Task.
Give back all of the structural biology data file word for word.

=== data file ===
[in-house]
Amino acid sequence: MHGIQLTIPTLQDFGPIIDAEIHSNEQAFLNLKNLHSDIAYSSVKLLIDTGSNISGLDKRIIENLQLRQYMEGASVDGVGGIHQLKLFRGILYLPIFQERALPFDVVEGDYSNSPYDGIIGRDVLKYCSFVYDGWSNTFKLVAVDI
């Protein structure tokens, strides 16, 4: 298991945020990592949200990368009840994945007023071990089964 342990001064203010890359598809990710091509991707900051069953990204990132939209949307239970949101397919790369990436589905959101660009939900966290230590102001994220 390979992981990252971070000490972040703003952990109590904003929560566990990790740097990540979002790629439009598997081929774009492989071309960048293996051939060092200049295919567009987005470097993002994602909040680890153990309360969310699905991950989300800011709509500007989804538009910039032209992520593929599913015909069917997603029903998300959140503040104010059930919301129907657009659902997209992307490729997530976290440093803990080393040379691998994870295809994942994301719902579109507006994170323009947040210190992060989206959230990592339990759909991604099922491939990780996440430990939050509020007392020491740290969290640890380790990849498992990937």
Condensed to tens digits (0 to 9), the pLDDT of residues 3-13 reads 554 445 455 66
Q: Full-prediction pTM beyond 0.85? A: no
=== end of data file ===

[in-house]
Amino acid sequence: MHGIQLTIPTLQDFGPIIDAEIHSNEQAFLNLKNLHSDIAYSSVKLLIDTGSNISGLDKRIIENLQLRQYMEGASVDGVGGIHQLKLFRGILYLPIFQERALPFDVVEGDYSNSPYDGIIGRDVLKYCSFVYDGWSNTFKLVAVDI
């Protein structure tokens, strides 16, 4: 298991945020990592949200990368009840994945007023071990089964 342990001064203010890359598809990710091509991707900051069953990204990132939209949307239970949101397919790369990436589905959101660009939900966290230590102001994220 390979992981990252971070000490972040703003952990109590904003929560566990990790740097990540979002790629439009598997081929774009492989071309960048293996051939060092200049295919567009987005470097993002994602909040680890153990309360969310699905991950989300800011709509500007989804538009910039032209992520593929599913015909069917997603029903998300959140503040104010059930919301129907657009659902997209992307490729997530976290440093803990080393040379691998994870295809994942994301719902579109507006994170323009947040210190992060989206959230990592339990759909991604099922491939990780996440430990939050509020007392020491740290969290640890380790990849498992990937």
Condensed to tens digits (0 to 9), the pLDDT of residues 3-13 reads 554 445 455 66
Q: Full-prediction pTM beyond 0.85? A: no